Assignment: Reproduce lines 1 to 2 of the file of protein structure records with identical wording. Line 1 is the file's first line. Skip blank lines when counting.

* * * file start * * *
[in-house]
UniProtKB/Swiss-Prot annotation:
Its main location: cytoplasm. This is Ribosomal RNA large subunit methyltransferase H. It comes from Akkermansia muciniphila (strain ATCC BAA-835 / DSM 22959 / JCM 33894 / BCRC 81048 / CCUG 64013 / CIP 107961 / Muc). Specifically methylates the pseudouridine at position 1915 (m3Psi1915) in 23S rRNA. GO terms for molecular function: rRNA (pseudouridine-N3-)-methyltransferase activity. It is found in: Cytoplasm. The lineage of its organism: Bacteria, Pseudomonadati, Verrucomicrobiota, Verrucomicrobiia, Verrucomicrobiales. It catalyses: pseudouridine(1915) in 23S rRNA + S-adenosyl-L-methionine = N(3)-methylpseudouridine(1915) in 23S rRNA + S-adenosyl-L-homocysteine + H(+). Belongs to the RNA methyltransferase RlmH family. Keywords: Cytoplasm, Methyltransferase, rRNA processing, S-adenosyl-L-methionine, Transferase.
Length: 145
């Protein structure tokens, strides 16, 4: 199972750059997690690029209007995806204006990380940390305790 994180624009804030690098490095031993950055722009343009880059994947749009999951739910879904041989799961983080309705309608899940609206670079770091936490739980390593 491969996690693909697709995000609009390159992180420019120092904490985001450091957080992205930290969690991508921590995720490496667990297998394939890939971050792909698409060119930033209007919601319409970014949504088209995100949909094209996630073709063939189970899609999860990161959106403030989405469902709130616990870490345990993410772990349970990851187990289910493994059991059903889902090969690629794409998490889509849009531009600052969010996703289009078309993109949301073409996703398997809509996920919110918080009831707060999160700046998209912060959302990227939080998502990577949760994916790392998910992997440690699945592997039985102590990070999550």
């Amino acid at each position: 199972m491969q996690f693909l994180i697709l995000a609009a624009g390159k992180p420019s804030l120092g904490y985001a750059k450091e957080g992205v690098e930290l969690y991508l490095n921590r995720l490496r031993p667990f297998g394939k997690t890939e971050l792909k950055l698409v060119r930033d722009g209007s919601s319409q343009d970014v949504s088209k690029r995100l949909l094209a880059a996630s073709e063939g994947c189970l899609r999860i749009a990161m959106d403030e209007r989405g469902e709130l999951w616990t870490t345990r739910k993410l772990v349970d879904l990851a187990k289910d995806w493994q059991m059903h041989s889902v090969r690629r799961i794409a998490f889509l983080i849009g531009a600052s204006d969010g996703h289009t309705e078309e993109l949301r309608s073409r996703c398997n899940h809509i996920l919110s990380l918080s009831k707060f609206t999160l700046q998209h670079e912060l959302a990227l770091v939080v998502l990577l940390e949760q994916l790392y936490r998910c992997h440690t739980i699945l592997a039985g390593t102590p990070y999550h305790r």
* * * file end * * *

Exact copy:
[in-house]
UniProtKB/Swiss-Prot annotation: